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Kalabsha



Kalabsha
Introduction

1. Temple of Mandulis

2. The other structures

Practicalities




















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KALABSHA
The other structures

Kalabsha, Egypt


Kalabsha, Egypt

Kalabsha, Egypt


Around the Temple of Mandulis, there are at least 4 other smaller temple structures, which seem small and curious to many who see them. Their purpose was of course as cult centres for smaller towns.
The structure hewn in the mountain side known as Beit al-Wali is a proof of fine craftsmanship and artistry. It is lain out as a cross. This temple is especially noted for its great reliefs, showing Ramses 2 and his victories over Nubians, Libyans and Syrians, as well as one where he receives the greatest gifts.
The Chapel of Dedwen is easy to pass, but should be noted for being a temple dedicated to a truly Nubian god. It is therefore one of the clearest examples of Egyptian styles used for a god of Nubian origian, who contrary to many other gods, never became part of Egyptian religion. Religious syncretism was common in Egyptian religion, but in this case the amalgamation never happened.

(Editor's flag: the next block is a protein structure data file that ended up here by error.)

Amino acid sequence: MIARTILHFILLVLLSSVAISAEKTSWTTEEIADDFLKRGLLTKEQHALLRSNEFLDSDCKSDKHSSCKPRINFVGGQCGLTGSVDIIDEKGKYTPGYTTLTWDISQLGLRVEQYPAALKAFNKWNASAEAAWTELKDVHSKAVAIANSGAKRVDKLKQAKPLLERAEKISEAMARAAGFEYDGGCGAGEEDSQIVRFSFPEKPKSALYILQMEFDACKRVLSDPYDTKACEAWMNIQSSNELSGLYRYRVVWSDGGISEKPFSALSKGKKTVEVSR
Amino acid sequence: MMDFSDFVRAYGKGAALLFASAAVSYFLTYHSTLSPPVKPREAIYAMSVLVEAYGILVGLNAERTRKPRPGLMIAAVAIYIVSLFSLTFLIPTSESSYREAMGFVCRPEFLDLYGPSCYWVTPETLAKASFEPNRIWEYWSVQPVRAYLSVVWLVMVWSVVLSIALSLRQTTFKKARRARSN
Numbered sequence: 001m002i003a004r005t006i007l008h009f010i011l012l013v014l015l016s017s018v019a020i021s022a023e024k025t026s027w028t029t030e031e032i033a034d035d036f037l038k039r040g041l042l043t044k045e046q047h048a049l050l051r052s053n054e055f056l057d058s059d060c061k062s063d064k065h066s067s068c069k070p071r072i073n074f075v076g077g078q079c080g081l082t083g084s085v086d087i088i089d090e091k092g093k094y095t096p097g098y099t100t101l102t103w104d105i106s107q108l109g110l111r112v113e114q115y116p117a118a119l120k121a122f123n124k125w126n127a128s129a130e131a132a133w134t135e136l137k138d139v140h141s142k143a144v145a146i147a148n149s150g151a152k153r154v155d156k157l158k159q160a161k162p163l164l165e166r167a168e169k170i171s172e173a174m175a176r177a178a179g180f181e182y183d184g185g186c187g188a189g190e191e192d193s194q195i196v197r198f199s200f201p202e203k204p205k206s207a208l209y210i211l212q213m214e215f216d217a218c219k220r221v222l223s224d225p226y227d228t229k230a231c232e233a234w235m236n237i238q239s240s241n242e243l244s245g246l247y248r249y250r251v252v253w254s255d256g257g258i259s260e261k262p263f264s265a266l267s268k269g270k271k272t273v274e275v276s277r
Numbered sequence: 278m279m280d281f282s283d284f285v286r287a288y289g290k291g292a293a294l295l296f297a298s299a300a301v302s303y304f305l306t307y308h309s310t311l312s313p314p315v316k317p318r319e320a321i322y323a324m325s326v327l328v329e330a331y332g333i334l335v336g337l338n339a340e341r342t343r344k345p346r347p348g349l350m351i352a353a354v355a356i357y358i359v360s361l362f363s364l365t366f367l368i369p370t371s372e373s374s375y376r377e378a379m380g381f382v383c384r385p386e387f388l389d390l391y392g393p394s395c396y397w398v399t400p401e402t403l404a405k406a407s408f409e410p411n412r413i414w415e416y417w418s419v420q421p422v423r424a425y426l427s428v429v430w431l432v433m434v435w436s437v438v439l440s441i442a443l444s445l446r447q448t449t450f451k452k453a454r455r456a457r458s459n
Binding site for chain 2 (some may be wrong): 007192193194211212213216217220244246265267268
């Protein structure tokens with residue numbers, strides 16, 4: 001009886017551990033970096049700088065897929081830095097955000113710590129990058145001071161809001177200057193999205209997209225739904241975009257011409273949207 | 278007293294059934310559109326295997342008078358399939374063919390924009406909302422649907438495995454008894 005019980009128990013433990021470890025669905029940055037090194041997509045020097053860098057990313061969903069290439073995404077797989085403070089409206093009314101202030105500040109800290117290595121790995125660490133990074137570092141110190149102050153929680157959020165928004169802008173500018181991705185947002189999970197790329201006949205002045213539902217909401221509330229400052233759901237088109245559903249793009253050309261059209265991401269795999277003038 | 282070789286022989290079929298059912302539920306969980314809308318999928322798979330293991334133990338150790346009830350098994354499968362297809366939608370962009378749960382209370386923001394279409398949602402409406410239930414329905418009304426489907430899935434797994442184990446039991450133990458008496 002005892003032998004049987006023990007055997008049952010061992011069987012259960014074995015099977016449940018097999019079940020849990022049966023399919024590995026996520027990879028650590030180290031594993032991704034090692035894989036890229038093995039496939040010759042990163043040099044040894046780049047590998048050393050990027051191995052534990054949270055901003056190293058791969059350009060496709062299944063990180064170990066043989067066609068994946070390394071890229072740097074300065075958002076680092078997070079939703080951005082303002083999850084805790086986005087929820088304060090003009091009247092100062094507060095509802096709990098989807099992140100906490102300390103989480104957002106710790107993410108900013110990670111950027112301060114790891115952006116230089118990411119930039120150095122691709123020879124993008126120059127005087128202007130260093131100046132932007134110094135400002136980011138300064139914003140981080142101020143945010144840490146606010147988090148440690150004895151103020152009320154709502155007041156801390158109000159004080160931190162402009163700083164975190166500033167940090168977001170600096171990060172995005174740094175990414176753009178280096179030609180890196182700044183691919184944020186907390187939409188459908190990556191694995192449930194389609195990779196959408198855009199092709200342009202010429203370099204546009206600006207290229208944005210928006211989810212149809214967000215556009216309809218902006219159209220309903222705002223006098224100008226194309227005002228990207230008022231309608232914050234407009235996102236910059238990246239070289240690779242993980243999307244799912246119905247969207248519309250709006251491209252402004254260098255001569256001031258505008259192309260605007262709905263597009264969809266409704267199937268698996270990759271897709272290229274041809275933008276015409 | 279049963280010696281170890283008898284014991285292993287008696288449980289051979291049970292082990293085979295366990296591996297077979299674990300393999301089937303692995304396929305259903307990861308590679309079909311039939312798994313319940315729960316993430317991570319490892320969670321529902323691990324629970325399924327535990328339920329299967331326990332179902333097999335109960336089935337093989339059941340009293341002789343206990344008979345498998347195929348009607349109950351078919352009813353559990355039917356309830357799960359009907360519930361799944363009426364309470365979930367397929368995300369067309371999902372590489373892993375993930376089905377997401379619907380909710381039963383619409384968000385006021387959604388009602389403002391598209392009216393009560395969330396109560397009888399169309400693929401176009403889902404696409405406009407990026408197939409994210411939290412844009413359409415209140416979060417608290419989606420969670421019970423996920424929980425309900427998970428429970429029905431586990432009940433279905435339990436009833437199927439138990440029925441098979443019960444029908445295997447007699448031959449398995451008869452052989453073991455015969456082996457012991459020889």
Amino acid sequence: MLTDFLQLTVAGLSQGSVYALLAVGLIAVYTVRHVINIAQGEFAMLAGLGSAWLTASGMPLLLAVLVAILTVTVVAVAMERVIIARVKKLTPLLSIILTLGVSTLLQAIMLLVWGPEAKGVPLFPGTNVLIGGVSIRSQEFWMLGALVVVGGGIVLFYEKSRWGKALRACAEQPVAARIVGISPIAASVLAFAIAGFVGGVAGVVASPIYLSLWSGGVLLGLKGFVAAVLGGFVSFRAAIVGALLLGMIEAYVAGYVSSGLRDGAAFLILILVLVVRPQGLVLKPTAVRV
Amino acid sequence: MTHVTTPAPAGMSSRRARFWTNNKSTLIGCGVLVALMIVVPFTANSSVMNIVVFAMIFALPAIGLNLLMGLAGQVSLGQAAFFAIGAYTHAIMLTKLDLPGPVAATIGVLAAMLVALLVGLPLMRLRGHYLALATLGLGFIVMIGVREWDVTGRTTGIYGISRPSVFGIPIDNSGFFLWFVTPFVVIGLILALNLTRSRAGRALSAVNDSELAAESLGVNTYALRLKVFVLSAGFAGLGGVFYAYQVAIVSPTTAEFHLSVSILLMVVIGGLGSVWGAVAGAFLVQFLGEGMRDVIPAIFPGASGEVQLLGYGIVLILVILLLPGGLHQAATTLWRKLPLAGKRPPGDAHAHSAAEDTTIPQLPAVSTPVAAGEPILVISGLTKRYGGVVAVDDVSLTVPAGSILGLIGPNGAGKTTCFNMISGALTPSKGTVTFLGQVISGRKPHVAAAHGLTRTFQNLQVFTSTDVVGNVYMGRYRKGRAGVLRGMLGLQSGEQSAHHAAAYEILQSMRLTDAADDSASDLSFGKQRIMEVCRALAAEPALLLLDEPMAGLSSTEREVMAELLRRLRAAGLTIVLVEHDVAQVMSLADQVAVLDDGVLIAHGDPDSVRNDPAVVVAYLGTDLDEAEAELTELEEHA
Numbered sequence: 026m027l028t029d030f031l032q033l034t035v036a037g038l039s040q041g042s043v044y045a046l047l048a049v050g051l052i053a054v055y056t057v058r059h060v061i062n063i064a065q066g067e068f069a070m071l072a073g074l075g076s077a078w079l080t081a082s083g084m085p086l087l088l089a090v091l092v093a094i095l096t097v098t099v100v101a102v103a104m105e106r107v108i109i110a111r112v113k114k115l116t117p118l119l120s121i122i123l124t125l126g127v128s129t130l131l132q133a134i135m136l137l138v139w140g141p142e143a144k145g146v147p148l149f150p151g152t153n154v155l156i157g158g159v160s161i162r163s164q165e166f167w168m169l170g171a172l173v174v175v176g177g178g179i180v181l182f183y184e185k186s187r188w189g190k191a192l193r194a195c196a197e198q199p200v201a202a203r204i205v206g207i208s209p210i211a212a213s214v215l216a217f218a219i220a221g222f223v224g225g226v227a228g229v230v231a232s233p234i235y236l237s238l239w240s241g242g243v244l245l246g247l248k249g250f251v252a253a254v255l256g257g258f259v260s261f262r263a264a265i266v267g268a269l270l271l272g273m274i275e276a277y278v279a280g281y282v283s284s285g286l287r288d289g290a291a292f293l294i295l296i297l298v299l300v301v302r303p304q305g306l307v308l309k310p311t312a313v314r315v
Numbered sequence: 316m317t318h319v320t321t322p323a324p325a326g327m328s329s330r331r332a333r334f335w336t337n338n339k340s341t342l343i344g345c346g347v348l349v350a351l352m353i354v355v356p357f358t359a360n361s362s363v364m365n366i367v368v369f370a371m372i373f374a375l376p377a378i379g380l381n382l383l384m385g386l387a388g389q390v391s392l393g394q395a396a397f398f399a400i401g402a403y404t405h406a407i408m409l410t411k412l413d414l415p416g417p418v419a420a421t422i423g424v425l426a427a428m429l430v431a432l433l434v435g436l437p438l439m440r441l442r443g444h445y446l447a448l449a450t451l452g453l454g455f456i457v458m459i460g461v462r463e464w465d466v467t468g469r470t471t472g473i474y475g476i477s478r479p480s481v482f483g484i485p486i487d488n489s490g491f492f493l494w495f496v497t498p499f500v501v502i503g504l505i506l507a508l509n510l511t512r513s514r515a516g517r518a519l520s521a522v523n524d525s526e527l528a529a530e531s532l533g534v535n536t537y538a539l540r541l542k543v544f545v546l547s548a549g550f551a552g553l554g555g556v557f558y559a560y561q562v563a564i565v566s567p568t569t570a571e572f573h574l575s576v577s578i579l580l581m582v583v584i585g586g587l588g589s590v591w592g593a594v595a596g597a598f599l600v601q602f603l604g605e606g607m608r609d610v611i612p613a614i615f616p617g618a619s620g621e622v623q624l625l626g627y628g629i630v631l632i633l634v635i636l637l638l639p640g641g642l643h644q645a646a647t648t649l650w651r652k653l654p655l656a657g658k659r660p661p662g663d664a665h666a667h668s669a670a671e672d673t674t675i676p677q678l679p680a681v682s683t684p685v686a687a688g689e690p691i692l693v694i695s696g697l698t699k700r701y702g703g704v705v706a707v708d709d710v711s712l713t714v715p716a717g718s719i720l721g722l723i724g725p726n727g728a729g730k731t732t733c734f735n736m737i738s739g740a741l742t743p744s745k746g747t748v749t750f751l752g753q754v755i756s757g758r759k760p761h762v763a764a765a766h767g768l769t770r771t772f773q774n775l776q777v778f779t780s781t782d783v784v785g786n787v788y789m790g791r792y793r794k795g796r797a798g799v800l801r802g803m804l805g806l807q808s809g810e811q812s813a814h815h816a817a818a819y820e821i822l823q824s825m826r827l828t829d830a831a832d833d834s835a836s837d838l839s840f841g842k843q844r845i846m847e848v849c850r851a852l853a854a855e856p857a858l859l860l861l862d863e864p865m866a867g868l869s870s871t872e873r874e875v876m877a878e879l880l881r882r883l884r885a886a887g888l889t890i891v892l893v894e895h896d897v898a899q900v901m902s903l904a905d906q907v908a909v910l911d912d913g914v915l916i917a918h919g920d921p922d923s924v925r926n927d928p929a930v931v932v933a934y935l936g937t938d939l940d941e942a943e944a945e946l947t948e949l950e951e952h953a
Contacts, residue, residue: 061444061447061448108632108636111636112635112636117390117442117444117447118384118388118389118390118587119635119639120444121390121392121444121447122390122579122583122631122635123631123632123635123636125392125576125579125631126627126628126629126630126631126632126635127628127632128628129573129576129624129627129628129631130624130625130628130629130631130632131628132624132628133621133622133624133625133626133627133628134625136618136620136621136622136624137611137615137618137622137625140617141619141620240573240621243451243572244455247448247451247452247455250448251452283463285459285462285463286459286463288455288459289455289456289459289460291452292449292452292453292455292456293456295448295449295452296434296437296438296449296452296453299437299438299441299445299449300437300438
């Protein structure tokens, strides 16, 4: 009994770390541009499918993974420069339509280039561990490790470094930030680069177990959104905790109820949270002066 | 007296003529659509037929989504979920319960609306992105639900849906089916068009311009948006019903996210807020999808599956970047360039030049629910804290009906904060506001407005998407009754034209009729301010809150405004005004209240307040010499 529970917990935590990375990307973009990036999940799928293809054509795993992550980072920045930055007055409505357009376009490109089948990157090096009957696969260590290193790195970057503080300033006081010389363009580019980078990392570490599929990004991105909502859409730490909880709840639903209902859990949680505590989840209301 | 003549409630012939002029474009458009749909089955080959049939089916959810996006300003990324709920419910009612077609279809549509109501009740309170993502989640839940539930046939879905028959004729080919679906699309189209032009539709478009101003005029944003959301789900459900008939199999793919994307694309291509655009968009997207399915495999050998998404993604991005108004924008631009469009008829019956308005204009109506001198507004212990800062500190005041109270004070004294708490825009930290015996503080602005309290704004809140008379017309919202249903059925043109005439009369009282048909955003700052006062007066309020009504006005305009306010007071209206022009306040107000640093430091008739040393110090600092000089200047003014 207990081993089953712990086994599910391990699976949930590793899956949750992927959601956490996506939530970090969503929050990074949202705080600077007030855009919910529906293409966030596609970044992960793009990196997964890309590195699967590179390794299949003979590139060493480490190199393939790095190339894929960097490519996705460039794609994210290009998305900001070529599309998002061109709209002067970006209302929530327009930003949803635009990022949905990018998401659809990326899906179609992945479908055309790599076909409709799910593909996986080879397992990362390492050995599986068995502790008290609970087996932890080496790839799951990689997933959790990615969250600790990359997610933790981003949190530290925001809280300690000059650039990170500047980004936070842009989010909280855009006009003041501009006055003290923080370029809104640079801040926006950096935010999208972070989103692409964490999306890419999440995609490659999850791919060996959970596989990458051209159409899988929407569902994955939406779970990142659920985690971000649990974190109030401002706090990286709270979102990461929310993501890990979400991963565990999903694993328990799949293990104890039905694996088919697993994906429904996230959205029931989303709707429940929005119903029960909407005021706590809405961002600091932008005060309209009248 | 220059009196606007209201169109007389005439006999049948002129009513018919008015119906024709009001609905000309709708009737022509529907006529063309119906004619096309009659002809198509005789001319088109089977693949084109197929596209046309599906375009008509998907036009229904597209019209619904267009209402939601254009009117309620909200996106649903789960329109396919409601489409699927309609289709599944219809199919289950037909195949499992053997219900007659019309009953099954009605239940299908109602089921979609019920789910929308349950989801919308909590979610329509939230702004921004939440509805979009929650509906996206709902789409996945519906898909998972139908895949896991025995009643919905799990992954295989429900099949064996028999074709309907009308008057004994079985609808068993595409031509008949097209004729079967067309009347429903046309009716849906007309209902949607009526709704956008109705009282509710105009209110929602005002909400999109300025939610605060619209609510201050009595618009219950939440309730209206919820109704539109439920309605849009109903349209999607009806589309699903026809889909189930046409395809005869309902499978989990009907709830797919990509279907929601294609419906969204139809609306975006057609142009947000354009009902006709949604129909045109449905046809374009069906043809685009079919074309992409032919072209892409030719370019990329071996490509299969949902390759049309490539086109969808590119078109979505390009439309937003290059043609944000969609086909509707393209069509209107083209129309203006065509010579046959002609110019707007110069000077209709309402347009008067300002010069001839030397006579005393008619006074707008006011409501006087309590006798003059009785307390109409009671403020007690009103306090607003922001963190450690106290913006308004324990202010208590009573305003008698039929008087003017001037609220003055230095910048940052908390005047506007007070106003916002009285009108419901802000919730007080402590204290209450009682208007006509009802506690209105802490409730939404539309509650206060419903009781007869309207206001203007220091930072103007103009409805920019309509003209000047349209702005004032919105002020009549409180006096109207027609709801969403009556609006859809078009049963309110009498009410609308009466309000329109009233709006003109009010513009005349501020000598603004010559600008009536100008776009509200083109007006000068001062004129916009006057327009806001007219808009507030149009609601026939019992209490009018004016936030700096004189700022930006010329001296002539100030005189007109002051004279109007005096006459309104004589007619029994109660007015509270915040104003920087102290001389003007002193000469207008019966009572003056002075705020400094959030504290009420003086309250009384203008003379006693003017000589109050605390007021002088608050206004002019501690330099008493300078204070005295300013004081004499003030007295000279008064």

The Kiosk of Kertassi is a beautiful little thing, it was part of a a larger temple. It is noted for its Hathor-headed columns, where the goddess is presented more feline than bovine. The name "Kertassi" indicates its original location, in the Wadi Kertassi.
Between the Kiosk of Kertassi and the Chapel of Dedwen, there are the remains of the most brutally designed temple I have ever seen in Egypt. It is unnamed, I have not found it in any description nor map, and when visiting Kalabsha, nobody there knew anything. The decorations are of figures largely blown up, with bloated details bloated and the thickest and least elegant columns anywhere. I liked it! But I felt, and still feel, cheated for not finding its background history anywhere.
Kalabsha, Egypt



By Tore Kjeilen